The Sinai baton blue butterfly, with a wingspan no wider than a thumbnail, may seem like an insignificant creature. It lives only on mountainside patches of wild thyme in an arid corner of the Sinai Peninsula in Egypt called Saint Katherine's Protectorate. But a pair of British scientists think it may be the perfect model for how vulnerable animals will go extinct in the face of rising temperatures.
Plants and animals will not dwindle away slowly, say mathematical ecologist Martin Hoyle and biologist Mike James, formerly of the University of Nottingham in England. Instead, they will abruptly wink out of existence when temperatures reach tipping points. They used the butterfly—one of the world's smallest—to test how global warming and other pressures like livestock grazing might cause animal species to go extinct. They projected that small amounts of habitat loss or warming temperatures would have little effect. Even if goats ate up 60 percent of the thyme, the butterflies would be likely to survive. But they found that when average temperatures warmed slightly above a critical threshold, the entire butterfly population would suddenly crash.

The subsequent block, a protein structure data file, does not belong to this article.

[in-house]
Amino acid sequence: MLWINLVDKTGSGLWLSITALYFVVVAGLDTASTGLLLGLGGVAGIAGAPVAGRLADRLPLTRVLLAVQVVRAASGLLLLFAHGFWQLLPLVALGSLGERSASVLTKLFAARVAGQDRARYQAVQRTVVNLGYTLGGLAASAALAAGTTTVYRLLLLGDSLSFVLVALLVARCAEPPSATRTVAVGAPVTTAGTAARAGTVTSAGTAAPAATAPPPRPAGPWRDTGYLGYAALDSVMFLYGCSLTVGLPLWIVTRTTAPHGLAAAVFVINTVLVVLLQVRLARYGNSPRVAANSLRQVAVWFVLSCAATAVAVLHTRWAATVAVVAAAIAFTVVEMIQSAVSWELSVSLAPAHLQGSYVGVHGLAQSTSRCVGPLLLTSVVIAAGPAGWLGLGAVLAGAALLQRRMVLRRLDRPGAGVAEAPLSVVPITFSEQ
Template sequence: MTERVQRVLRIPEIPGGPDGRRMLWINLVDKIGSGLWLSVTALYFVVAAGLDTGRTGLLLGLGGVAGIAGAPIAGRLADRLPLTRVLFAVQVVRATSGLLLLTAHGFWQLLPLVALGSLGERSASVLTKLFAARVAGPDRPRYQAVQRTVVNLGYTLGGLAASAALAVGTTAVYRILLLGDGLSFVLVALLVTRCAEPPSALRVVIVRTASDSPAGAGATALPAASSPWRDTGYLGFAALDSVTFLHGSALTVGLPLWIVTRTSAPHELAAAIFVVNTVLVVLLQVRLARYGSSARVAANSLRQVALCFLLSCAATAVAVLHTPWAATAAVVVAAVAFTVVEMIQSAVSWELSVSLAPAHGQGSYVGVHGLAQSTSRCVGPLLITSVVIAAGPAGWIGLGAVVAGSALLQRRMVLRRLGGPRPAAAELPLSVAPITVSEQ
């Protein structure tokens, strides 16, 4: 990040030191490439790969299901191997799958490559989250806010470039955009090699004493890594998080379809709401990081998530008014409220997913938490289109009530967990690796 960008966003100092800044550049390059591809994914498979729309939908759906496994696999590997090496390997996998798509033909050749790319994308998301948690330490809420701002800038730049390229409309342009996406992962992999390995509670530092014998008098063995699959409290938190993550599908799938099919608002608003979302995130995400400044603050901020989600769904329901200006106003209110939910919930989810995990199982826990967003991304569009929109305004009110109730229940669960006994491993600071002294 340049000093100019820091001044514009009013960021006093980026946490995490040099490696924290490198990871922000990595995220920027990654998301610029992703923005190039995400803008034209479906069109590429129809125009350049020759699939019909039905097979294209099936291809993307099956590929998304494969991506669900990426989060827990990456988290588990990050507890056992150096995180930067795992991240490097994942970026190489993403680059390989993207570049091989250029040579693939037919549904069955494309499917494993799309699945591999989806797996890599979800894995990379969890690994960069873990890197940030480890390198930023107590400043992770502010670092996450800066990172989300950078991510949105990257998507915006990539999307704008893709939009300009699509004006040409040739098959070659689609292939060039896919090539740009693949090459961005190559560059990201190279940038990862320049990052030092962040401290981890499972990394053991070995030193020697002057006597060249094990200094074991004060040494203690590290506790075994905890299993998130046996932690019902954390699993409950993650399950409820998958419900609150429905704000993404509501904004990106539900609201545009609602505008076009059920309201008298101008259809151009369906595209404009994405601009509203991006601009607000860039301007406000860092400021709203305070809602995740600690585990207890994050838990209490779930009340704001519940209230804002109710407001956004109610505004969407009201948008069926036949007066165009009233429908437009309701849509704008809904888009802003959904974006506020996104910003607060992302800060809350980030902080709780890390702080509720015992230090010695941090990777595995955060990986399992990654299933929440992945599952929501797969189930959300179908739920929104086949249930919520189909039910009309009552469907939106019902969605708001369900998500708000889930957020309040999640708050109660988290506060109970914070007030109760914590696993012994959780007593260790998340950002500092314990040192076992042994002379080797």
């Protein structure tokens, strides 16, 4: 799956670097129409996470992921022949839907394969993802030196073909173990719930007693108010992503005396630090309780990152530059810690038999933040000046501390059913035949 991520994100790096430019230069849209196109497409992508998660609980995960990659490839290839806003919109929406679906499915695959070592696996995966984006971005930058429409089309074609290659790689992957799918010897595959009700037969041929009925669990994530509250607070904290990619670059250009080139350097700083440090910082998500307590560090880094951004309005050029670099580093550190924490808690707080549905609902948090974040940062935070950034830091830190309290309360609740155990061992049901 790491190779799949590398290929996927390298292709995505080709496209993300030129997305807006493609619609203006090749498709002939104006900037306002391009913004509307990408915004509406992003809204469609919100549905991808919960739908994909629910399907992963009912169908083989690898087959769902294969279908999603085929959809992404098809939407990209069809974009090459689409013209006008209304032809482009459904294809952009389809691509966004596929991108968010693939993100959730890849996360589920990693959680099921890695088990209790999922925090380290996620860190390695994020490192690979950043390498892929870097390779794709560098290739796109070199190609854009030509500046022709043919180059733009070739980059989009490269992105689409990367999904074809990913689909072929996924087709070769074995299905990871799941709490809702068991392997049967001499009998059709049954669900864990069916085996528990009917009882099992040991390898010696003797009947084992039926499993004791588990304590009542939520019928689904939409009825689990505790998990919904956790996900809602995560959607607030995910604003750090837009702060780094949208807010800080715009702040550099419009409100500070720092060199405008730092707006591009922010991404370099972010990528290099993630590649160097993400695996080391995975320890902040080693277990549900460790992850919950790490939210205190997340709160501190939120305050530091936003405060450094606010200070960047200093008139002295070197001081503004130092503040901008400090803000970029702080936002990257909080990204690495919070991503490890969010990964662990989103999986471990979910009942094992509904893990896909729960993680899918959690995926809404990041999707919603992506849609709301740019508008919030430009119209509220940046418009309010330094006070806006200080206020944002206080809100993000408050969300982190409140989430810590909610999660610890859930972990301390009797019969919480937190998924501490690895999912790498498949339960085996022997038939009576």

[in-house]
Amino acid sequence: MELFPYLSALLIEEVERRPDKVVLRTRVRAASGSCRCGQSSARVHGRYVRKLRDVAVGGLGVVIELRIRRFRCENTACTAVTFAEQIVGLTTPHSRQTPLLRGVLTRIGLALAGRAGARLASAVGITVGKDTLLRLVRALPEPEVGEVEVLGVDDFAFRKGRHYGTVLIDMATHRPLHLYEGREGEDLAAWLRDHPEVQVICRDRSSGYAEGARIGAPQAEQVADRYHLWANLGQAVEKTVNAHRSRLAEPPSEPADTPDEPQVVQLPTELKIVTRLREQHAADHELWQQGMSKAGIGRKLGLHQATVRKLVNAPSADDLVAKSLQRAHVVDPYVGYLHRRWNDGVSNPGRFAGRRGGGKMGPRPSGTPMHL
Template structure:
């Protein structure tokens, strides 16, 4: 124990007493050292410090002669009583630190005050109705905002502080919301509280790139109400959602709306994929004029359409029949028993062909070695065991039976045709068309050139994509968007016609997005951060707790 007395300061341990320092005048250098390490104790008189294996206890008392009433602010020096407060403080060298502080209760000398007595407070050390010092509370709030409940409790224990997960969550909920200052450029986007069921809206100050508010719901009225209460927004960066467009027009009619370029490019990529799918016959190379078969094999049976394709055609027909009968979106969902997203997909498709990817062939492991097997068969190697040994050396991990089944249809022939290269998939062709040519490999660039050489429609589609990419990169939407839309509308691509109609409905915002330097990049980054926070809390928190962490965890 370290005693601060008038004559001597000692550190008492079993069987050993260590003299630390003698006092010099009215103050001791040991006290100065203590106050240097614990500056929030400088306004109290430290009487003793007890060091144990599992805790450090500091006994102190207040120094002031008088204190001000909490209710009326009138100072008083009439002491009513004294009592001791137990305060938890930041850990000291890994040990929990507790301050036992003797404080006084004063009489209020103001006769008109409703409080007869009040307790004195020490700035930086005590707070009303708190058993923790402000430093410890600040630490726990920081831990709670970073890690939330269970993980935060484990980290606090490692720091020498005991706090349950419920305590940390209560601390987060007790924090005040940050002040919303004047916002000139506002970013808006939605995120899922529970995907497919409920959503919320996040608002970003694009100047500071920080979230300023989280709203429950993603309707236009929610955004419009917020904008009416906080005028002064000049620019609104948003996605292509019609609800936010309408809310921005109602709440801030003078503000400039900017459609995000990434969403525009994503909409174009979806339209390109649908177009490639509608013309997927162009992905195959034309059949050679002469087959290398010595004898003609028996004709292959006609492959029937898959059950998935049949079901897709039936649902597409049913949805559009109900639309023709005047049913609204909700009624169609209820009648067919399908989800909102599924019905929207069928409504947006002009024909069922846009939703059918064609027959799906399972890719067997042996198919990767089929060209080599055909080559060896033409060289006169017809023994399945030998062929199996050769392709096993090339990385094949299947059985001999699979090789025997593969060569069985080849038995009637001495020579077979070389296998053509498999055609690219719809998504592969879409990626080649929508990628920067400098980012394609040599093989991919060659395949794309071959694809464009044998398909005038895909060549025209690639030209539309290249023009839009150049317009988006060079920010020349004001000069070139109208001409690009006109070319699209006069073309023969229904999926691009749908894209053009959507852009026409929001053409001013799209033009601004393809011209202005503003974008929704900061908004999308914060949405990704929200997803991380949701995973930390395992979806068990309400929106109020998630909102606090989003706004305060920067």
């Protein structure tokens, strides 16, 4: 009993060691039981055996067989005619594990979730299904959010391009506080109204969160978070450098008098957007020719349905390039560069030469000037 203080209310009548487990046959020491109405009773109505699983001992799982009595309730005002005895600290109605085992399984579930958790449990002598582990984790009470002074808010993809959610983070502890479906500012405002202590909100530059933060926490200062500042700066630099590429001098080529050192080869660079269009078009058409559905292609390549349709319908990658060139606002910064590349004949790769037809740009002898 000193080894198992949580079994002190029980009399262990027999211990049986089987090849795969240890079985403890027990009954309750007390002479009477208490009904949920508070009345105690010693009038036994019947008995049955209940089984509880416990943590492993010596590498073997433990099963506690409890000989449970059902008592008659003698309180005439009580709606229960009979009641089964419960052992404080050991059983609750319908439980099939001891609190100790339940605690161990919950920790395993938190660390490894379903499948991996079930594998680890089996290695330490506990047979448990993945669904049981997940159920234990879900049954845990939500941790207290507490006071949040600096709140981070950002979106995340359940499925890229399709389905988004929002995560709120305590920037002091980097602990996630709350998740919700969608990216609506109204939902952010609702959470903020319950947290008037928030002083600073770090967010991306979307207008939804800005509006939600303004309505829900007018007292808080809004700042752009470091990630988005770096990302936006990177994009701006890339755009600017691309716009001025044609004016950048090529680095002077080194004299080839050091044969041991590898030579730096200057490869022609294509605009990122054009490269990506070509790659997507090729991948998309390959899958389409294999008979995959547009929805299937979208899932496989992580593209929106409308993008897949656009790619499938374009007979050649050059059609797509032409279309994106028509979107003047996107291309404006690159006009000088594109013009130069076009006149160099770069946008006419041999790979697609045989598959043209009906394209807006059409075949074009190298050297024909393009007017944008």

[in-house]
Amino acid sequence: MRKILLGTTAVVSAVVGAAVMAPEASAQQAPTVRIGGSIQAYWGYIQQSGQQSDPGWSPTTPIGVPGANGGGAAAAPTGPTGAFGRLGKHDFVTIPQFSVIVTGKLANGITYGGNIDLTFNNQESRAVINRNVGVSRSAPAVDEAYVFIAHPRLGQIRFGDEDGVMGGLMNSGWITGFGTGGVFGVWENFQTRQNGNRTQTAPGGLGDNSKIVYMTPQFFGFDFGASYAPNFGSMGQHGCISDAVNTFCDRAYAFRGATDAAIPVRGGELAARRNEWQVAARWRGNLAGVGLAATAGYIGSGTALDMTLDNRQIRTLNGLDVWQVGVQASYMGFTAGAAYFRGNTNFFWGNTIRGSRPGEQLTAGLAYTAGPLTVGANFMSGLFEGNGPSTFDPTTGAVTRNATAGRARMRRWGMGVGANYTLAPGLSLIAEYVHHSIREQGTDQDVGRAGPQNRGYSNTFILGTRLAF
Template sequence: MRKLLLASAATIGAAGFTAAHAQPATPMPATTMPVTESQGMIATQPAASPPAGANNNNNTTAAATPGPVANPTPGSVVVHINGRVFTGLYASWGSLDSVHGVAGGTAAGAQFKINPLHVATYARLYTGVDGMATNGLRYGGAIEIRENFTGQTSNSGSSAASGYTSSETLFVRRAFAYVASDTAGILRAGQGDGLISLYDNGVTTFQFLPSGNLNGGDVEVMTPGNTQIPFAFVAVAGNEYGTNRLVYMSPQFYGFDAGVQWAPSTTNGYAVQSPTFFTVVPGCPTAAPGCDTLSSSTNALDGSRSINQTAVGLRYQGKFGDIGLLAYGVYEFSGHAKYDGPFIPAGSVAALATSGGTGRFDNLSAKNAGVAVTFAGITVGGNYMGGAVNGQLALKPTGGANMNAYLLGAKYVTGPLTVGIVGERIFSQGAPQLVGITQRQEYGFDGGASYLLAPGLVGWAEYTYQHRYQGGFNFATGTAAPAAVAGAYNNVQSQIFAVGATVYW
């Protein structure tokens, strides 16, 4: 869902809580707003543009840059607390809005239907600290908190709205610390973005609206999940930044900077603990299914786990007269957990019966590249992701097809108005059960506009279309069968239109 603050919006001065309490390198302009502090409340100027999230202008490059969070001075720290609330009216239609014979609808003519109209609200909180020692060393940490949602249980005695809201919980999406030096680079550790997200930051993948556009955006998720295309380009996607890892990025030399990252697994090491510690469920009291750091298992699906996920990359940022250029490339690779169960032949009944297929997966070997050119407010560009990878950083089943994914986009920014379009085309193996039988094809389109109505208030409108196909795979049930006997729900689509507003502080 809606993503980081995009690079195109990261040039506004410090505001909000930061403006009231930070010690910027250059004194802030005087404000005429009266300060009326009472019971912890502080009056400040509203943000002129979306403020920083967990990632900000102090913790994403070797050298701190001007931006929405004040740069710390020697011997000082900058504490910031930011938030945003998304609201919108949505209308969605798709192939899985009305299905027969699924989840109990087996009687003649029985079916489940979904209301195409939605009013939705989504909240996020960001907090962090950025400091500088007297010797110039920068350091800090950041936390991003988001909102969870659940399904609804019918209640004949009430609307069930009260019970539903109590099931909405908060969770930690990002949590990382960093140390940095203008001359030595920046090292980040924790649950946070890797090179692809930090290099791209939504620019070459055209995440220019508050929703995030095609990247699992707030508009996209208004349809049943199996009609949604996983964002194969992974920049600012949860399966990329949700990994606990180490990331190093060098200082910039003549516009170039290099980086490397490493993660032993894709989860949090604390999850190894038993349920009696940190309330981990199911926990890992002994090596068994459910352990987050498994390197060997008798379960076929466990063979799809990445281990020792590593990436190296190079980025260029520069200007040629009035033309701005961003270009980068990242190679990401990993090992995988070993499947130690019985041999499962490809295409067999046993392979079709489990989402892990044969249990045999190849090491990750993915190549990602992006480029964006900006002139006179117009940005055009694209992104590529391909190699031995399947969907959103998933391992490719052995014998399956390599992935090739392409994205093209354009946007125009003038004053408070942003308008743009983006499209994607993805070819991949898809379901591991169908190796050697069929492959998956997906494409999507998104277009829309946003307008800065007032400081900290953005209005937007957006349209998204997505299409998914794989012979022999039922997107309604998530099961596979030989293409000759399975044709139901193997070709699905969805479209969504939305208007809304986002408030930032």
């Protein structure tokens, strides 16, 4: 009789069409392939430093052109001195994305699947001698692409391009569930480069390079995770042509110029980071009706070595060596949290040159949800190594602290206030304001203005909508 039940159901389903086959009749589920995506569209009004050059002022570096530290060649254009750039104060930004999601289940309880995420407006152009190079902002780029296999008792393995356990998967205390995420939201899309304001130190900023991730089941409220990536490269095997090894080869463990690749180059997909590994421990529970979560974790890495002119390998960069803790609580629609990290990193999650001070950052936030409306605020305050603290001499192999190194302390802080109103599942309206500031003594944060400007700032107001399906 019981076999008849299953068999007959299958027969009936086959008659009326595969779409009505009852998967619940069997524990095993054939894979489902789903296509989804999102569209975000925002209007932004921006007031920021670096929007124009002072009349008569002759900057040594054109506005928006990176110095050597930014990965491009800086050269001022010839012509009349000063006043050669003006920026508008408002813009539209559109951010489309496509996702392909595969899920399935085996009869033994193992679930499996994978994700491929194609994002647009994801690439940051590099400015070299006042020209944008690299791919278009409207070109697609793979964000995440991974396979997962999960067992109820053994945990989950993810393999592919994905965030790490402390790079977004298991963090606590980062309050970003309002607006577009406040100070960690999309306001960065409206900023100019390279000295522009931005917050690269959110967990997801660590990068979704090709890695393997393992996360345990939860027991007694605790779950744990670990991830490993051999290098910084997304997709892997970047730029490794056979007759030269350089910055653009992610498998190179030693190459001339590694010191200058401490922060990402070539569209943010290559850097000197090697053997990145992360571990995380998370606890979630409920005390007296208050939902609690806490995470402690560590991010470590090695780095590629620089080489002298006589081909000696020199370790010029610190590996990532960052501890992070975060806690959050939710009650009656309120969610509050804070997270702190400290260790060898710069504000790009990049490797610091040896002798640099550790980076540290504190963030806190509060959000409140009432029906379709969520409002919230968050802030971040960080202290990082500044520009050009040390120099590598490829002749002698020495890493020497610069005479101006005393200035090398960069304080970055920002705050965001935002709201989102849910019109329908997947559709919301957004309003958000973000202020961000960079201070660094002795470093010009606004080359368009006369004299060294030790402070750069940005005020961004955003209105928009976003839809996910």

Although they limited their study to the butterfly, Hoyle says their work could easily apply to other species. "There is no reason why this kind of thing wouldn't apply to other endangered endemic species" like polar bears, he says. "They don't have anywhere farther north to go."